Written by Natalie, Editress of Visionary Womanhood
“There’s an old joke that goes like this—a man jumps off a 100 story building. At the same moment, there’s a man in his apartment on the 50th floor who opens his window for some fresh air. As the man who jumped passes the man with his head out the window, the man in the apartment says, “Hey, how’s it goin’?” The man hurdling through space says, “So far, so good!”
Wrongly offered and/or accepted forgiveness is much the same. When it’s happening it’s great—we get to sin and we’re forgiven! Halleluiah! But, the man who jumped is suddenly going to have to pay the consequences of his actions when his body hits the pavement at 100 mph, just as those who never repent of their sins will on Judgment Day. Without doubt, receiving forgiveness when none should be given is not a blessing, but a curse.” The Sin of Forgiveness pg. 84
Once in a while I participate in a book review “blog tour” and review a new book. When I saw title of this book, I jumped on the tour, hoping to gain some insight into this sometimes confusing subject.
- It intrigued me because of my own personal experience with having to forgive—over and over—people in my life who refuse to repent.
- It intrigued me because I’ve watched so many “Christians” live the life styles of unbelievers—infidelity, swearing, drinking, drug addiction, fornication and so on—and yet everyone is expected to go along with it or be labeled a “judgmental goody goody two shoes.”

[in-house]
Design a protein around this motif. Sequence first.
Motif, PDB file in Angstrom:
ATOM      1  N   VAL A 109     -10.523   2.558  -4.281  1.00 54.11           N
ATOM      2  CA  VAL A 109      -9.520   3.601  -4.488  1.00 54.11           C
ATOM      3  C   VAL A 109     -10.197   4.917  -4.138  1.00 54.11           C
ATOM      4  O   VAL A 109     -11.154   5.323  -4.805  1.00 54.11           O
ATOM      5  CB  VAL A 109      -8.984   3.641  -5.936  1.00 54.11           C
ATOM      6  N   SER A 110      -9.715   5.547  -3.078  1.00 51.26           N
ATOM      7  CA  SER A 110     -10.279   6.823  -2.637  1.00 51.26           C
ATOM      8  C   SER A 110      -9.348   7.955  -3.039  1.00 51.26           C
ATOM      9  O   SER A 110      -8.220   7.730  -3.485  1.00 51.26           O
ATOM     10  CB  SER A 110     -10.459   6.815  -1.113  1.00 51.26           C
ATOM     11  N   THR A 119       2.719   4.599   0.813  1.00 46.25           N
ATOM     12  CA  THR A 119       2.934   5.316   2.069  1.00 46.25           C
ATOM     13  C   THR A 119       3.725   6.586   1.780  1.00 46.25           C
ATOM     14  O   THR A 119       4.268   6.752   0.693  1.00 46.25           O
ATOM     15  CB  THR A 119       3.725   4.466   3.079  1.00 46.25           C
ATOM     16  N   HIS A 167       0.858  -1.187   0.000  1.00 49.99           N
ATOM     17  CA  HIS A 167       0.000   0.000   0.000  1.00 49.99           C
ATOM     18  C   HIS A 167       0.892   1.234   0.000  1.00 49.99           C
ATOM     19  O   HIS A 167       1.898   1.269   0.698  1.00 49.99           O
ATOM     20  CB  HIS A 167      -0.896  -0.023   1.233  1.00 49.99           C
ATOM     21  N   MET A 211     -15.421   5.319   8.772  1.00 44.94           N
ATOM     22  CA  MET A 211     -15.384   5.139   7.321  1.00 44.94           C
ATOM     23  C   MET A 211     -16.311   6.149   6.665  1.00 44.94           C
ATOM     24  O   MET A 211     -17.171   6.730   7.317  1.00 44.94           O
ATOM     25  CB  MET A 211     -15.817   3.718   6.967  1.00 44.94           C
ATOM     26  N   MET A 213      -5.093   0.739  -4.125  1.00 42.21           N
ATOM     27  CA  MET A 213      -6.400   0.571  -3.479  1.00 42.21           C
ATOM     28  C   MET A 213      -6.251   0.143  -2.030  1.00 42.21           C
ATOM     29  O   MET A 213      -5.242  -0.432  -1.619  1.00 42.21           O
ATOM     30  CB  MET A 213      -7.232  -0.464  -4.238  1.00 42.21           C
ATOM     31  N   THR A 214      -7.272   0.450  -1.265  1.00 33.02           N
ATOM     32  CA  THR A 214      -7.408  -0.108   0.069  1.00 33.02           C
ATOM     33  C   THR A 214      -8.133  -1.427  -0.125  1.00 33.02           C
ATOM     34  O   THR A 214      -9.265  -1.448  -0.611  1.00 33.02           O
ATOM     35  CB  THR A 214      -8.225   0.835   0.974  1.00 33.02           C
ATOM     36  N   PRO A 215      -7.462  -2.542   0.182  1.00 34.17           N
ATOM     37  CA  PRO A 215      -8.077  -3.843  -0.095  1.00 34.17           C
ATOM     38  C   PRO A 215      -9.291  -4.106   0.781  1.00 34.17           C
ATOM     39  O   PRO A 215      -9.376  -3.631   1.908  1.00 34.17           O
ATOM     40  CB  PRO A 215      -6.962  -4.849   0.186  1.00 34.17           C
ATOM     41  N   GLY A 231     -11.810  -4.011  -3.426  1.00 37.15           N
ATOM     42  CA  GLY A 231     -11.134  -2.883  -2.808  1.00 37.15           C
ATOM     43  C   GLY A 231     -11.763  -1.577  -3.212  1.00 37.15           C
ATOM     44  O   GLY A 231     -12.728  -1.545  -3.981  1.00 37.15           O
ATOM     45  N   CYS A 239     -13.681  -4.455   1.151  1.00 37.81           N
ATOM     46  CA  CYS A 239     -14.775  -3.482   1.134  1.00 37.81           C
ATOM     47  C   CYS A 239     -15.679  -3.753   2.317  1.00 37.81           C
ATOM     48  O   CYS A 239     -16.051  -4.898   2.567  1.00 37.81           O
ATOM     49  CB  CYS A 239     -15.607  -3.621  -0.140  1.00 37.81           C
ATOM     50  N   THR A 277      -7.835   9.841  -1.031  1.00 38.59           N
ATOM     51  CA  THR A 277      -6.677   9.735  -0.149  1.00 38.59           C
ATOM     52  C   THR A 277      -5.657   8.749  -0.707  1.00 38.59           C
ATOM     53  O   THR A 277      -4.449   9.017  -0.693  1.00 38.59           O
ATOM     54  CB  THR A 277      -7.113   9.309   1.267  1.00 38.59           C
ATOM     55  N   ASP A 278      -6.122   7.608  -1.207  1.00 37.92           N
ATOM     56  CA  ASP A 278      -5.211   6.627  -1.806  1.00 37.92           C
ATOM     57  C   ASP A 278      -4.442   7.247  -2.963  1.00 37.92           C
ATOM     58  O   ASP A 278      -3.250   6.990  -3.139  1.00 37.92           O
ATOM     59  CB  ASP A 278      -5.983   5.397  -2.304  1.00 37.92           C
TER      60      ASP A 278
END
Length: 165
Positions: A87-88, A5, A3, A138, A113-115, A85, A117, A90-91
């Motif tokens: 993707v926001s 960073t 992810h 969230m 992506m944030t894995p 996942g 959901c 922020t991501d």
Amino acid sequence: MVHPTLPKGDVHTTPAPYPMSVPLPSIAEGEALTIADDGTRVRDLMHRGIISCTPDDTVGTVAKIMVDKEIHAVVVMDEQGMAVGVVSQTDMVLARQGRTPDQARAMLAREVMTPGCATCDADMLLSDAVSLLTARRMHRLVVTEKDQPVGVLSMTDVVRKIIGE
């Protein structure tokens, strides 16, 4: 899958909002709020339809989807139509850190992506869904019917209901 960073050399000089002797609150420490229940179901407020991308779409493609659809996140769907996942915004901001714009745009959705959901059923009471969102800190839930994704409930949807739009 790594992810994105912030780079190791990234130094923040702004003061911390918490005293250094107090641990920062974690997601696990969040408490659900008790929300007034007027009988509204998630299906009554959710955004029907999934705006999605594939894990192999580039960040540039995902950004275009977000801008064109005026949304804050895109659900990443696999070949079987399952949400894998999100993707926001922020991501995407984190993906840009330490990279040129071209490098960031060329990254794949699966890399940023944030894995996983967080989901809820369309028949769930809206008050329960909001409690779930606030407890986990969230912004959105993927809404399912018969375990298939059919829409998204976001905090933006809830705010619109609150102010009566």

100 years ago if a “Christian” girl got pregnant there was a proper shame involved. This shame served as a deterrent in society to the sin that can sometimes result in a pregnancy. Of course, there was redemption for those who repented—which helped the process along. At least that ought to have been the case, as Scripture instructs.
It’s quite different today. Now that same “Christian” girl can live with her boyfriend, have a baby, and get the church to throw a baby shower for her where she breezily shows off her belly to the elderly ladies who have brought food and gifts to encourage her in her sin. On the surface it looks loving.
The fact is—she’s heading for the pavement.
I believe this is the main point of The Sin of Forgiveness by Edward F. Mrkvicka, Jr.
What I Liked
1. Mrkvicka holds up Scripture as our plumb line, and his book is heavy with it. He encourages the reader to seek to understand this issue by studying what the Bible says about it. To that end—he even provides 14 pages worth of Scriptures that speak to the subject.
“If you find that my writings on the subject are not in keeping with God’s Word, reject what I’ve written. Conversely, when listening to others, ensure they can substantiate their views through Scripture.
So many Christians say things like,, ‘I believe…blah, blah, blah.’ I want to talk with Christians, especially pastors, who say, ‘The Bible says…” Beliefs are one thing, and we’re entitled to believe what we wish. But that has no bearing on the truth of God’s Word.”
2. It’s an interesting subject. Here are some quotes that reflect the main point: